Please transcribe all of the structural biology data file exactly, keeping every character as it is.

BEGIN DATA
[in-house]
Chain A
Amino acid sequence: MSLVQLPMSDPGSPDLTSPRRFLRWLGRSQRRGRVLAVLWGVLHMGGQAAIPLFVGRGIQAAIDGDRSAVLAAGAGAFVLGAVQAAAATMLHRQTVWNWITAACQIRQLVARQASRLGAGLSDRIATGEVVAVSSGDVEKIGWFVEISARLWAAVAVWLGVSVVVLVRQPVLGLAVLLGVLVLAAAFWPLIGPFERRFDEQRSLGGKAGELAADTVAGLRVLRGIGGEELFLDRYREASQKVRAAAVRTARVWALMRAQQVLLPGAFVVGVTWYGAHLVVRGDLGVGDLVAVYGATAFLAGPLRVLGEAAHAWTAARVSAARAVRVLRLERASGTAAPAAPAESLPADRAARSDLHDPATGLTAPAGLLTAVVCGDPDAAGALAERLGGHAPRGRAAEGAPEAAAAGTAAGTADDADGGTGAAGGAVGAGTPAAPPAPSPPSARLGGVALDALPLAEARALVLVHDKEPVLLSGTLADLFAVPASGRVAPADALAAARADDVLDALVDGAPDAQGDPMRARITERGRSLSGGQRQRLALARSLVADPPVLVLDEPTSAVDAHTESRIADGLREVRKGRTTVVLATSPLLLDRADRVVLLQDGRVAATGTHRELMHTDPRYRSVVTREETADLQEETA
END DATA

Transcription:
[in-house]
Chain A
Amino acid sequence: MSLVQLPMSDPGSPDLTSPRRFLRWLGRSQRRGRVLAVLWGVLHMGGQAAIPLFVGRGIQAAIDGDRSAVLAAGAGAFVLGAVQAAAATMLHRQTVWNWITAACQIRQLVARQASRLGAGLSDRIATGEVVAVSSGDVEKIGWFVEISARLWAAVAVWLGVSVVVLVRQPVLGLAVLLGVLVLAAAFWPLIGPFERRFDEQRSLGGKAGELAADTVAGLRVLRGIGGEELFLDRYREASQKVRAAAVRTARVWALMRAQQVLLPGAFVVGVTWYGAHLVVRGDLGVGDLVAVYGATAFLAGPLRVLGEAAHAWTAARVSAARAVRVLRLERASGTAAPAAPAESLPADRAARSDLHDPATGLTAPAGLLTAVVCGDPDAAGALAERLGGHAPRGRAAEGAPEAAAAGTAAGTADDADGGTGAAGGAVGAGTPAAPPAPSPPSARLGGVALDALPLAEARALVLVHDKEPVLLSGTLADLFAVPASGRVAPADALAAARADDVLDALVDGAPDAQGDPMRARITERGRSLSGGQRQRLALARSLVADPPVLVLDEPTSAVDAHTESRIADGLREVRKGRTTVVLATSPLLLDRADRVVLLQDGRVAATGTHRELMHTDPRYRSVVTREETADLQEETA